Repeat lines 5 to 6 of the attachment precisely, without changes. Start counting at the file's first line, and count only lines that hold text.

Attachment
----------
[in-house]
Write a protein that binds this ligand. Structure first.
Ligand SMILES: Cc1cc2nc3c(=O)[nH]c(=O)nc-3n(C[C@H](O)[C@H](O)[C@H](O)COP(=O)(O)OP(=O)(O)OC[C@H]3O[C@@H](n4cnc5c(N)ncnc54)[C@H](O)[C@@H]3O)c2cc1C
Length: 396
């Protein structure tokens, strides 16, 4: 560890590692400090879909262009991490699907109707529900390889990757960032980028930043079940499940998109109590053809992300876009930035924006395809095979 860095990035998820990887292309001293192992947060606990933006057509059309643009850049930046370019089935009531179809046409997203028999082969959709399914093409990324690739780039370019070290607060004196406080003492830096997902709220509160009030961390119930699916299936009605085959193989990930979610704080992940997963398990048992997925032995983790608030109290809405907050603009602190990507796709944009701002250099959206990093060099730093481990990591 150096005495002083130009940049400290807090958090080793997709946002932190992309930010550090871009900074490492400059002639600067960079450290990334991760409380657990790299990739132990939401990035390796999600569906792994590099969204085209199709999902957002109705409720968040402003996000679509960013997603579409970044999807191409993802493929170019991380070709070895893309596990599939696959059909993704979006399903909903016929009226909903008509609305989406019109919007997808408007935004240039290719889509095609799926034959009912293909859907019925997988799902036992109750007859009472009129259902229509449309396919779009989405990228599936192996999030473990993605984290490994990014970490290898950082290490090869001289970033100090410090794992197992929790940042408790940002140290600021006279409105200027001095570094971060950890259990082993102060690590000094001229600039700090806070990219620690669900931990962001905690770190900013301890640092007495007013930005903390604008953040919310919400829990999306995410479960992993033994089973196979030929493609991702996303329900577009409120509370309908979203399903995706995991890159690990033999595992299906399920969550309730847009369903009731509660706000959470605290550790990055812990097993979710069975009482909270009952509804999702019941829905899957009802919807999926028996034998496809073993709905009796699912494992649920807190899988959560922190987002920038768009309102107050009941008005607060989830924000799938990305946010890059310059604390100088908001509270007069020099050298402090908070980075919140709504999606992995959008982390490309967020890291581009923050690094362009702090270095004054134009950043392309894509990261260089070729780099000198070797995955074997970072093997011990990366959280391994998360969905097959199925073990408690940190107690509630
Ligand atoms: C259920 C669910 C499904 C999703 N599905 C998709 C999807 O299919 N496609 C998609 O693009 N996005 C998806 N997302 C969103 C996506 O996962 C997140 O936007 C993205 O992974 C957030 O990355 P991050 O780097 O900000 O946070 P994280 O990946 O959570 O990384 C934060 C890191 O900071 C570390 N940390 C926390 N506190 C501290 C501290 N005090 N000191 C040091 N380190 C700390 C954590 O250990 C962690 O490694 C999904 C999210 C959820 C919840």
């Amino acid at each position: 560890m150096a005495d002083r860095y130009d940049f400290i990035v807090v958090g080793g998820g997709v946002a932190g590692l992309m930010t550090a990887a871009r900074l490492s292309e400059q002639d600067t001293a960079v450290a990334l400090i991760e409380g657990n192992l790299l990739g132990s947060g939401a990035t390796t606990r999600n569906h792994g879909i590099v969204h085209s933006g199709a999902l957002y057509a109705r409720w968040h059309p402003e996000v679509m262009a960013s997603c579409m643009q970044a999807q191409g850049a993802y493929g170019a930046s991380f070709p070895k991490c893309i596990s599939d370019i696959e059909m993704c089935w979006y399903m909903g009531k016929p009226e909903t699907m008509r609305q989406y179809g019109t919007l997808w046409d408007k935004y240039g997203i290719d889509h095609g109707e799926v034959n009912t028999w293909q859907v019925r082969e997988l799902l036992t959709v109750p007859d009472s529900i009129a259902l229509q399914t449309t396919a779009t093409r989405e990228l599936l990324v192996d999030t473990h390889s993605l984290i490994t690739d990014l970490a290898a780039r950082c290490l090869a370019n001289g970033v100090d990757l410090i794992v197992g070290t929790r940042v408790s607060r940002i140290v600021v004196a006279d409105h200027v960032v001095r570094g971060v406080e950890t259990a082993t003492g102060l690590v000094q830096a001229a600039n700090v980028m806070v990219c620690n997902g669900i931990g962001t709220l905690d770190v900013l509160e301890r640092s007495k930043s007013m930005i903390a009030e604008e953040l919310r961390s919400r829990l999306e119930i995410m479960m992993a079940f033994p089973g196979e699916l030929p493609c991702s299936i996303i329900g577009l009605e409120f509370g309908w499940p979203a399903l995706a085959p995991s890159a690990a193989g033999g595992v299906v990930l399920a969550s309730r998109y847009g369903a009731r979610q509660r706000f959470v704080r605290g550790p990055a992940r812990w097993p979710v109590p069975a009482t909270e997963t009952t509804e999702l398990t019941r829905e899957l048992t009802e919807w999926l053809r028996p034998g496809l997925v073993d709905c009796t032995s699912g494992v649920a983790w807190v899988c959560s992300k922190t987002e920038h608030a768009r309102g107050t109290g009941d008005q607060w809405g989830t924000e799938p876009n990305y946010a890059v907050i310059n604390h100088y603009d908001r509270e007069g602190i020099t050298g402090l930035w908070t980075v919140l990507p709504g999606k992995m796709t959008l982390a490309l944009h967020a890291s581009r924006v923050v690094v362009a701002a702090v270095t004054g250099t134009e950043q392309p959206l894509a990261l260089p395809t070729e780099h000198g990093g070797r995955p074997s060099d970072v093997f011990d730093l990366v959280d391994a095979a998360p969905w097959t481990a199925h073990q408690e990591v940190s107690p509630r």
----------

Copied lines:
């Protein structure tokens, strides 16, 4: 560890590692400090879909262009991490699907109707529900390889990757960032980028930043079940499940998109109590053809992300876009930035924006395809095979 860095990035998820990887292309001293192992947060606990933006057509059309643009850049930046370019089935009531179809046409997203028999082969959709399914093409990324690739780039370019070290607060004196406080003492830096997902709220509160009030961390119930699916299936009605085959193989990930979610704080992940997963398990048992997925032995983790608030109290809405907050603009602190990507796709944009701002250099959206990093060099730093481990990591 150096005495002083130009940049400290807090958090080793997709946002932190992309930010550090871009900074490492400059002639600067960079450290990334991760409380657990790299990739132990939401990035390796999600569906792994590099969204085209199709999902957002109705409720968040402003996000679509960013997603579409970044999807191409993802493929170019991380070709070895893309596990599939696959059909993704979006399903909903016929009226909903008509609305989406019109919007997808408007935004240039290719889509095609799926034959009912293909859907019925997988799902036992109750007859009472009129259902229509449309396919779009989405990228599936192996999030473990993605984290490994990014970490290898950082290490090869001289970033100090410090794992197992929790940042408790940002140290600021006279409105200027001095570094971060950890259990082993102060690590000094001229600039700090806070990219620690669900931990962001905690770190900013301890640092007495007013930005903390604008953040919310919400829990999306995410479960992993033994089973196979030929493609991702996303329900577009409120509370309908979203399903995706995991890159690990033999595992299906399920969550309730847009369903009731509660706000959470605290550790990055812990097993979710069975009482909270009952509804999702019941829905899957009802919807999926028996034998496809073993709905009796699912494992649920807190899988959560922190987002920038768009309102107050009941008005607060989830924000799938990305946010890059310059604390100088908001509270007069020099050298402090908070980075919140709504999606992995959008982390490309967020890291581009923050690094362009702090270095004054134009950043392309894509990261260089070729780099000198070797995955074997970072093997011990990366959280391994998360969905097959199925073990408690940190107690509630
Ligand atoms: C259920 C669910 C499904 C999703 N599905 C998709 C999807 O299919 N496609 C998609 O693009 N996005 C998806 N997302 C969103 C996506 O996962 C997140 O936007 C993205 O992974 C957030 O990355 P991050 O780097 O900000 O946070 P994280 O990946 O959570 O990384 C934060 C890191 O900071 C570390 N940390 C926390 N506190 C501290 C501290 N005090 N000191 C040091 N380190 C700390 C954590 O250990 C962690 O490694 C999904 C999210 C959820 C919840």